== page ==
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How To Connect To A Wireless Network


Lots of people no longer use a desktop computer. Instead they have a laptop computer, because they have come down a great deal in cost and, being portable, they can be used anywhere in the house or garden. Kids also take their computers to school and bring them home again as do numerous office workers and sales representatives.

The fall in cost of laptop computers means that it is occasionally hardly worth buying a desktop computer. Other households have both laptop and desktop computers in them. In the past, these all had to be coupled by co-axial cable and Ethernet cards.

This was the cheapest and fastest manner of linking computers to a network yet it produced the fastest connection - a standard that is still used 100 megabits per second (mbps).

Wireless transmission units called residential gateways or routers worked at 54 mbps or half speed but at a much higher price. Now we have the third generation of wireless router. The first was 802.11b technology, the second 802.11g and the latest is 802.11n. B and G worked at 54 mbps, but N transmits at 300 mbps, so it is similar in speed to Ethernet and there are no wires to install.

Therefore, wireless routers or Wi-Fi technology has become a popular manner of connecting SOHO networks, although there are still those who do not realize how much the apparatus has come down in cost. Connecting computers in a house with a Wi-Fi router is quite straight forward.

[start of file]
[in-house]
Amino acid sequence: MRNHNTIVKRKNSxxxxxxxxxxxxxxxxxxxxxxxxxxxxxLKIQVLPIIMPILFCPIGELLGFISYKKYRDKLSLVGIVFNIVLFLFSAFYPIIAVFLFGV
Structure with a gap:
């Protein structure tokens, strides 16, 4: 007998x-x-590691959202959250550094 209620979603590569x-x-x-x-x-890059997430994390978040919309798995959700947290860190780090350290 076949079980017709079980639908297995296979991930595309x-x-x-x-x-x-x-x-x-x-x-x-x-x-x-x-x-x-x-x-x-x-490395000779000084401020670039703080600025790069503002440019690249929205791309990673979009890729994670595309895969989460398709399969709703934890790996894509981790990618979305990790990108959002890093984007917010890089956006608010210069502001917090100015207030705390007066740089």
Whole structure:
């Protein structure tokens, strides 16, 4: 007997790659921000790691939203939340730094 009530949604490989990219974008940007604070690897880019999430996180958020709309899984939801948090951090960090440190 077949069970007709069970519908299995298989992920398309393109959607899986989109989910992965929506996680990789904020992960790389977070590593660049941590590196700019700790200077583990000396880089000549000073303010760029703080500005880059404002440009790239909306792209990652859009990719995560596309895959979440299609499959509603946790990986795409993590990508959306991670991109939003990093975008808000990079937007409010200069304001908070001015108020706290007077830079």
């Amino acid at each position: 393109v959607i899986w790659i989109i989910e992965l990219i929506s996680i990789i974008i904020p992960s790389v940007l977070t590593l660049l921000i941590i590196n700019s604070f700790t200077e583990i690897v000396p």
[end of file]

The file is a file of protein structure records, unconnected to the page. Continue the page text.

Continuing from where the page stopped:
The first thing that you will need in order to connect your equipment without wires is at least one Internet enabled computer that also has wireless capability. All laptops are enabled, but most desktops are not. This can easily be fixed by inserting a wireless card or wireless unit.

Let's say that you want to connect your laptop to the Net using wireless (WI-FI) technology. You will require a connection from an Internet Service Provider (an ISP) and a router or residential gateway. Normally, you would plug the line from the ISP directly into your computer, but in this instance, you plug it into the wireless router.

Then you turn your laptop on and wait for it to find the Wi-Fi links available to it. Yours will be on that list as will the Wi-Fi connections of all your neighbours. Decide on your Wi-Fi network and that is all there is to it.

You can plug desktop computers directly into the router or you can plug a wireless card into the desktop and hey presto! Both your computers are networked and on line. Would you like to add a third or fourth? No problem! Either plug them in or enable them to transmit wirelessly.

Modern 802.11g routers will transmit and receive for 400 metres (1,400 feet) at up to 300 mpbs, so if you leave it like this, all the kids on the block will be able to make use of your connection. To avoid that, read your router's handbook and define a password, so that your neighbours can not log in and appropriate your bandwidth.

 


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